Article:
When I Googled the words “Hate Jews” and “Hate Zionsim”, I received back 1,520,000 and 4,100,000 hits. Similarly, when I Googled the words “Hate Muslims” and “Hate Islam”, I received back 1,170,000 and 2,110,000 hits. But these numbers tell part of the story because if you are a good statistician (I just know finance), you would know that 1,520,000 or 4,100,000 for a global population of let’s say 15,000,000 Jews is vastly different from a 1,170,000 and 2,110,000 hits for a global population of 1,400,000,000.

How different?

In percentages, Jews are hated to the tune of 121 times more. That is 12,125% more than people hate Muslims if the ratio of number of Muslims as compared to Jews is taken into account as well as the “Hate Index” of each. An index that the unsuccessful, jealous of Jewish accomplishments, keep pushing up.

In spite of the terror we Muslims inflict daily on others and on each other, Jews are hated more than we could ever be.

Israel attacked Hamas only after Hamas launched thousands of rockets. But Hamas attacked the PLO in Gaza for no reason. Yet, the Jews are hated, and the Muslims, inflicting pain unto each other, escape accountability. Israel established a blockade to weaken its extremist nemesis, yet, the Jews are hated for defending their borders when we Muslims own 97% of the lands. Lands where Jews lived and roamed thousands of years ago and where remnants of Synagogues are found today in several Arab countries, including Syria, Yemen, Oman, Iraq, Egypt, Lebanon, and as far as Morocco.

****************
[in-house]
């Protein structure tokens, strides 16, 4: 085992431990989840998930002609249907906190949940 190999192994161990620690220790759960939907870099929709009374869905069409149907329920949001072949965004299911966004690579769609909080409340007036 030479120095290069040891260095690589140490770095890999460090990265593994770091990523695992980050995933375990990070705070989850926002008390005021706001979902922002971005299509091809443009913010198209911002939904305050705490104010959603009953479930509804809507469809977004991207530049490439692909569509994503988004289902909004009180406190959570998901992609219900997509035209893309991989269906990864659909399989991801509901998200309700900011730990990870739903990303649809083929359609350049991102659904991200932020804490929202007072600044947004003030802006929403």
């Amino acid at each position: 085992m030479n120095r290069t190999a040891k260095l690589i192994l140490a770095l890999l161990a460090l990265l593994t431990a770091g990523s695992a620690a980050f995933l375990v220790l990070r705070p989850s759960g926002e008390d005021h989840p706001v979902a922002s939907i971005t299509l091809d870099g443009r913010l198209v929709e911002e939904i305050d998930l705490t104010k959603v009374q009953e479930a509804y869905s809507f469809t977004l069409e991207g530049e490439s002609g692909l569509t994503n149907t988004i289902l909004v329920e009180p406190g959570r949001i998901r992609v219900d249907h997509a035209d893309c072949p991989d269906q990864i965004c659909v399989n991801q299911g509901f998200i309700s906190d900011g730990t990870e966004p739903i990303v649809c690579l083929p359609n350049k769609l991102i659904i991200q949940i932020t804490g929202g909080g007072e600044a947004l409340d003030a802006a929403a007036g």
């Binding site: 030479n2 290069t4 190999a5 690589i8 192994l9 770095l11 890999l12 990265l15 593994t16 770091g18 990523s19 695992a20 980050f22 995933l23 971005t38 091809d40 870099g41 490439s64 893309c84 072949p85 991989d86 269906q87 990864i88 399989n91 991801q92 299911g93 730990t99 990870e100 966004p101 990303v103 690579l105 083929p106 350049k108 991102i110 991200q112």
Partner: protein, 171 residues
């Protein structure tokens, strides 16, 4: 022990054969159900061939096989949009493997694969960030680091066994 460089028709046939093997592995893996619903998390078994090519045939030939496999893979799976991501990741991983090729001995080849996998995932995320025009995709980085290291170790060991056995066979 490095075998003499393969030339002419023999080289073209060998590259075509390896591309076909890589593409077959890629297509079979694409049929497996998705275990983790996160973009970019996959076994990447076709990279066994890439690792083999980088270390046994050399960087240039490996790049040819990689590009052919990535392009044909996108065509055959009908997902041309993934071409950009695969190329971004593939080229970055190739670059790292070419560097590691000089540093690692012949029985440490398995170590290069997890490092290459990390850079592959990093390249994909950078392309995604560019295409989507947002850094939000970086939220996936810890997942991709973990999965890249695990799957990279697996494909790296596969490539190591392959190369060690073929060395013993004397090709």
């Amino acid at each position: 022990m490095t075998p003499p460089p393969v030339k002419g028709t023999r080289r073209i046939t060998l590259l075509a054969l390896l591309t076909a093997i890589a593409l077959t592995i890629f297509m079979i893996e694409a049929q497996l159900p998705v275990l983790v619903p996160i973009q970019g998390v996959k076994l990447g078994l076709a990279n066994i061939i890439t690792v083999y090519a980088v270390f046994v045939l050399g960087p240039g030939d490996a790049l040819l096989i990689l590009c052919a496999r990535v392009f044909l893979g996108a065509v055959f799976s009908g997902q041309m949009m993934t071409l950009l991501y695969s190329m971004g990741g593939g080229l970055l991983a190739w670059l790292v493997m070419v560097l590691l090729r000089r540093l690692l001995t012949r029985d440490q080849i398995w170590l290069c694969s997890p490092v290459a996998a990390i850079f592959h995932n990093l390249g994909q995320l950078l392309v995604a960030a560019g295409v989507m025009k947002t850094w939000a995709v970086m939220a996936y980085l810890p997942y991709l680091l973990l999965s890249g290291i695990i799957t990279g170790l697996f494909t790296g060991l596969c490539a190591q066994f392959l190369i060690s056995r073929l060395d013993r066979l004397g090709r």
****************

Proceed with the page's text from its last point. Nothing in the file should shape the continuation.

We, Muslims, should be lucky the Jews only want Jerusalem.

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This website is dedicated to preserving the memory of the near-extinct Jewish communities, of the Middle East and North Africa, documenting the stories of the Jewish refugees and their current struggle for recognition and restitution.

Point of No Return

Jewish Refugees from Arab and Muslim Countries

One-stop blog on the Middle East's
forgotten Jewish refugees - updated daily.